During the last decade, the tourism industry has seen many important changes that will have a significant impact on future tourist demand.
On the one hand, the rise of e-tourism, the democratization of travel and the tendency to book and to make up one’s trip online rather than to buy a standard tourist package proposed by a tour operator, stood out with regard to the new traveller’s preferences.On the other hand, natural disasters such as tsunamis, volcanic eruptions and earthquakes as well as health issues, such as avian and swine influenza, have changed our perception of holiday and leisure.
Therefore, it would be interesting to hypothesize about the future trends in travel ...view middle of the document...
Climate change and alternative future transport
When thinking of the warming of the planet, the erratic weather patterns and the natural disasters that will likely occur and are occurring already, we can describe global climate change as one of the worst disasters to hit the humanity.
Furthermore, destinations should expect climate change to have an impact on tourists’ purchasing trends. We will gradually see new means of transport gaining ground to the detriment of air traffic: Will tourists be willing to fly across the ocean if they consider the carbon footprint of their flights?
Travellers may opt for journeys made by train, boat or coaches especially that these modes are nowadays offering more comfort, great web accessibility and timetables suitability. In addition, shorter trips within the same continent or the same geographical region will more likely outweigh the long ones.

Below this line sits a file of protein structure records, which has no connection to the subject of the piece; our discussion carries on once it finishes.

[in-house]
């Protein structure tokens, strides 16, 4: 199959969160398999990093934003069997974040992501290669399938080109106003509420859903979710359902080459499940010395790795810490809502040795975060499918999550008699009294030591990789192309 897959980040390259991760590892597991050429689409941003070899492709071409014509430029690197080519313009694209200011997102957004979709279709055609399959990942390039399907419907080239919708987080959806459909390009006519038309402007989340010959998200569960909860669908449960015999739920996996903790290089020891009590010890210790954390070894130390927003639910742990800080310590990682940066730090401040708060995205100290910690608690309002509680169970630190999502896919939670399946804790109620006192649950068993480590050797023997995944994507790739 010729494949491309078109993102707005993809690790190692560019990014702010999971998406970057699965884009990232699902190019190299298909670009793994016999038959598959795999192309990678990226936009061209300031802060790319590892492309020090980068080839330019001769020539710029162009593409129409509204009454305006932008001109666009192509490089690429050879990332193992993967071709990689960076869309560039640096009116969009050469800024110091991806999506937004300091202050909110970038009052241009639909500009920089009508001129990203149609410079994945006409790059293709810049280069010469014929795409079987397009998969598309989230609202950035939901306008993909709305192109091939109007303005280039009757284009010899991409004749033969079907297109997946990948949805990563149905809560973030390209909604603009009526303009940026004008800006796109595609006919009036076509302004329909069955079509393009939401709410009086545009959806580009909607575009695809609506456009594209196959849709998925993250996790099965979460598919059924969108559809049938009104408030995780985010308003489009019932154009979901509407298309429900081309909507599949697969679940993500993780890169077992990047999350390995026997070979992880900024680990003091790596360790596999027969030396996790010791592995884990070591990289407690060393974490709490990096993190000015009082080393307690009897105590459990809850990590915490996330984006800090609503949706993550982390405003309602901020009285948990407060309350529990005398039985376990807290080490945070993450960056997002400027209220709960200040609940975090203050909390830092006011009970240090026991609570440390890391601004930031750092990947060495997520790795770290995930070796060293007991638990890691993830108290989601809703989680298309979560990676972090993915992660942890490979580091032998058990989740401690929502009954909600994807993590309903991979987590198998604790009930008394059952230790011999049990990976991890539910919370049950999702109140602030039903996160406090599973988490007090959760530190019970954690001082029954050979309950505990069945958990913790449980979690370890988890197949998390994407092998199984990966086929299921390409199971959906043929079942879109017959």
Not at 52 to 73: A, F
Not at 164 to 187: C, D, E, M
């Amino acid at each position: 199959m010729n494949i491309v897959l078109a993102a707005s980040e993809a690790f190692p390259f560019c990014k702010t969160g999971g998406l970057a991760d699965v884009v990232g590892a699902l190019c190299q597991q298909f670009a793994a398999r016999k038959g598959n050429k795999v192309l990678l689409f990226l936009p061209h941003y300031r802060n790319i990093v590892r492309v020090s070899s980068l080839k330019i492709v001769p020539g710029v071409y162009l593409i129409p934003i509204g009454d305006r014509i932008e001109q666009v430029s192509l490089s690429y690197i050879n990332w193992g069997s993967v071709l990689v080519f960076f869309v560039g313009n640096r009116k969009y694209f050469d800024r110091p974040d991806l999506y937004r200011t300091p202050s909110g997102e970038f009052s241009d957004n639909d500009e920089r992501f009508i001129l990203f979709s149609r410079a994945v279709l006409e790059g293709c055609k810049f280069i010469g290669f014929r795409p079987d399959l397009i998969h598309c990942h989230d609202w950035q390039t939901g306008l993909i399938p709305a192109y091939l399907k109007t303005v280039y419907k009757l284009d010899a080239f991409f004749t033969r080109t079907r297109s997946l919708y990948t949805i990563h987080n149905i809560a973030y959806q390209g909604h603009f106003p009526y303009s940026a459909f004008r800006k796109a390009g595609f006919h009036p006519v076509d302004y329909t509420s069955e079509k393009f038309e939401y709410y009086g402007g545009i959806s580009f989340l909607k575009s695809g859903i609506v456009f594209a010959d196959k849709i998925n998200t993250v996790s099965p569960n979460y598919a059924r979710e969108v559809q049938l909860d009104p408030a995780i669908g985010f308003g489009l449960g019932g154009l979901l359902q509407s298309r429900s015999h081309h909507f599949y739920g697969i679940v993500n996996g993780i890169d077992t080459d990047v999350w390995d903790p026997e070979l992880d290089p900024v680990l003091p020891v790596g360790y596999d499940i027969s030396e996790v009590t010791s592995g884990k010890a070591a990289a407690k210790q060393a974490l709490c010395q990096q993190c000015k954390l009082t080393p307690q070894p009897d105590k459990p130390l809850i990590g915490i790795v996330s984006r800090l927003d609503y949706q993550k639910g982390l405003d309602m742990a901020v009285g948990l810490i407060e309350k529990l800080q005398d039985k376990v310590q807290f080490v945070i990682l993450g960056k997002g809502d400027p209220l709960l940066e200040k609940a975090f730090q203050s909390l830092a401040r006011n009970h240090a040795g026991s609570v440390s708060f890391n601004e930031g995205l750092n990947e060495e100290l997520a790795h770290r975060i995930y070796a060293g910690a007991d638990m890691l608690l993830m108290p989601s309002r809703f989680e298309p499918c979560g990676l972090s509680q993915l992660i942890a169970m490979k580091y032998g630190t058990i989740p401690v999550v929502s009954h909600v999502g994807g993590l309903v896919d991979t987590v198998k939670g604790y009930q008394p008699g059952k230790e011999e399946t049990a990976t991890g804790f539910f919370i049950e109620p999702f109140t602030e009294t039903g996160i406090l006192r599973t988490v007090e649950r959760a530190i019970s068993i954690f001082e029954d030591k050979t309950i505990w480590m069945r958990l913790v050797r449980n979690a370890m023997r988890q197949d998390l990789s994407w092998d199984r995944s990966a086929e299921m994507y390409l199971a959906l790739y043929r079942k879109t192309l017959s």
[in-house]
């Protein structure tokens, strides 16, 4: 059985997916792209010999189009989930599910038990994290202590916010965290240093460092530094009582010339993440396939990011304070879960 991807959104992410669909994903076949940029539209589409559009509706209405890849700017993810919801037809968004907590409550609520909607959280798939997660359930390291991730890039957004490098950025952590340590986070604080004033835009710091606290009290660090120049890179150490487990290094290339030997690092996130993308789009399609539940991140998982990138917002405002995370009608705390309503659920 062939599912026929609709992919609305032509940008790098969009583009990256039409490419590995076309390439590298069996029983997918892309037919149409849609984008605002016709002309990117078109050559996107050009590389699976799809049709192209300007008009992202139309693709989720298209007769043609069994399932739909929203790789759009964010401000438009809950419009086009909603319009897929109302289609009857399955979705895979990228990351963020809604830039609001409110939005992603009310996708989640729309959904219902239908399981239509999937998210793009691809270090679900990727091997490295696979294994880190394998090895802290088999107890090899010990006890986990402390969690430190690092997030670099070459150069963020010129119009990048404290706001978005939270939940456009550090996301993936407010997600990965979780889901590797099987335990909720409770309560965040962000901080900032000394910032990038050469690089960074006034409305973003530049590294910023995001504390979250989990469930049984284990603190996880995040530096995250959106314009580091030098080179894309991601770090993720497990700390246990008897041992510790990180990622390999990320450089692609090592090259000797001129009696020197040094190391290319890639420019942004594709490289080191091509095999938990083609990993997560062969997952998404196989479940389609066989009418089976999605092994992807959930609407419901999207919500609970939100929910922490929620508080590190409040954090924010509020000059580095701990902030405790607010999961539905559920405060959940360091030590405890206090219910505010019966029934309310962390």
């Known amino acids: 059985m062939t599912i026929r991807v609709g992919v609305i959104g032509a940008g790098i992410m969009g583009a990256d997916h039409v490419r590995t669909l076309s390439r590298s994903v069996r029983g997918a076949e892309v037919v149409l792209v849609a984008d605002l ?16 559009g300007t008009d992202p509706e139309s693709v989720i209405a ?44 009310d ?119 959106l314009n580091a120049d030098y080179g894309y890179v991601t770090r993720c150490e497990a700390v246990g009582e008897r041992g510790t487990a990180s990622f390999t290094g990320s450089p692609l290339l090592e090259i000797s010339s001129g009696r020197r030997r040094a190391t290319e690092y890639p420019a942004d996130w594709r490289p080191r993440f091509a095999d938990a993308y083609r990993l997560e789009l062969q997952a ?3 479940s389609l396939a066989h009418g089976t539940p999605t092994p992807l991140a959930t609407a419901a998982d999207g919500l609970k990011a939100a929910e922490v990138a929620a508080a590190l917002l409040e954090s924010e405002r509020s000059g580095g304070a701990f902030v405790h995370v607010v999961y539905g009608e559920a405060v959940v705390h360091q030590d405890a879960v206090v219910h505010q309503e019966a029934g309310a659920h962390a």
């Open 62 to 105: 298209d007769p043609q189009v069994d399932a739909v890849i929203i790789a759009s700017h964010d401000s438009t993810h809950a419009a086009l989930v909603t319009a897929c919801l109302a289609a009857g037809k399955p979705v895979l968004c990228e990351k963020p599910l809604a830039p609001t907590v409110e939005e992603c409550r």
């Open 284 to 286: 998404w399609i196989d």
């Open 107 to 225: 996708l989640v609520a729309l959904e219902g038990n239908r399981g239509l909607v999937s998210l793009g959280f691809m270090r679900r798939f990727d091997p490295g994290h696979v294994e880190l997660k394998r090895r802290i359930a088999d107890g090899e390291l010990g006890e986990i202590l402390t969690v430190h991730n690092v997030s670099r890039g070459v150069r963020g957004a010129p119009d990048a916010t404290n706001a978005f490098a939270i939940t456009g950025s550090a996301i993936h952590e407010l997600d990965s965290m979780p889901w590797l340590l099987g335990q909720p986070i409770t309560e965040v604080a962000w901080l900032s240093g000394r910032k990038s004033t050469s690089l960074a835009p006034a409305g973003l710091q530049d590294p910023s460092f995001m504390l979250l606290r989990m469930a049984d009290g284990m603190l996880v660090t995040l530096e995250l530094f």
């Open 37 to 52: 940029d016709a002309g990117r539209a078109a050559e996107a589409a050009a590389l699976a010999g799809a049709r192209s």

Travel with a mission
Another important future trend is travels that incorporate an added-value rather than just a classic lazy sun and see vacation: Many travellers are nowadays looking for real travel experiences that enrich their culture and let them live and feel the authenticity. Furthermore, they seek out travels that involve volunteering (e.g. providing support to a population in need, humanitarian actions, etc.) or that include a particular mission, for instance, learning a new language, exploring new culinary techniques, attending a seminar, a concert or an event, etc.
As a result, tour operators are now becoming specialists rather than generalists: Some are positioned as experts in golf vacations while others are specialized in cultural tours and so on.
Social media includes web-based and mobile technologies used to turn communication into interactive dialogue between organisations, communities and individuals.
The last decade has witnessed an unprecedented rise of social media in many different forms: Collaborative projects (e.g. Wikipedia), blogs and micro-blogs (e.g. twitter), content communities (e.g. YouTube), social networking sites (e.g. Facebook), etc.
Businesses currently refer to social media as consumer-generated media since they are relatively inexpensive and accessible to anyone compared to industrial or traditional media. In the US, for example, social networking now accounts for 22 per cent of all time spent online (3).
However, if destinations or tourism authorities decide to use these online platforms to make promotions or to bring updates, it is crucial that they understand how to deal with social media to become effective influencers and thus cleverly pass the desired message to public. Furthermore, organisations should always bear in mind that people are nowadays resistant to marketing in general and especially to direct social marketing and hence they should find better tricks to be socially powerful. Some studies (4) came up to these organisations with two important suggestions: Either to...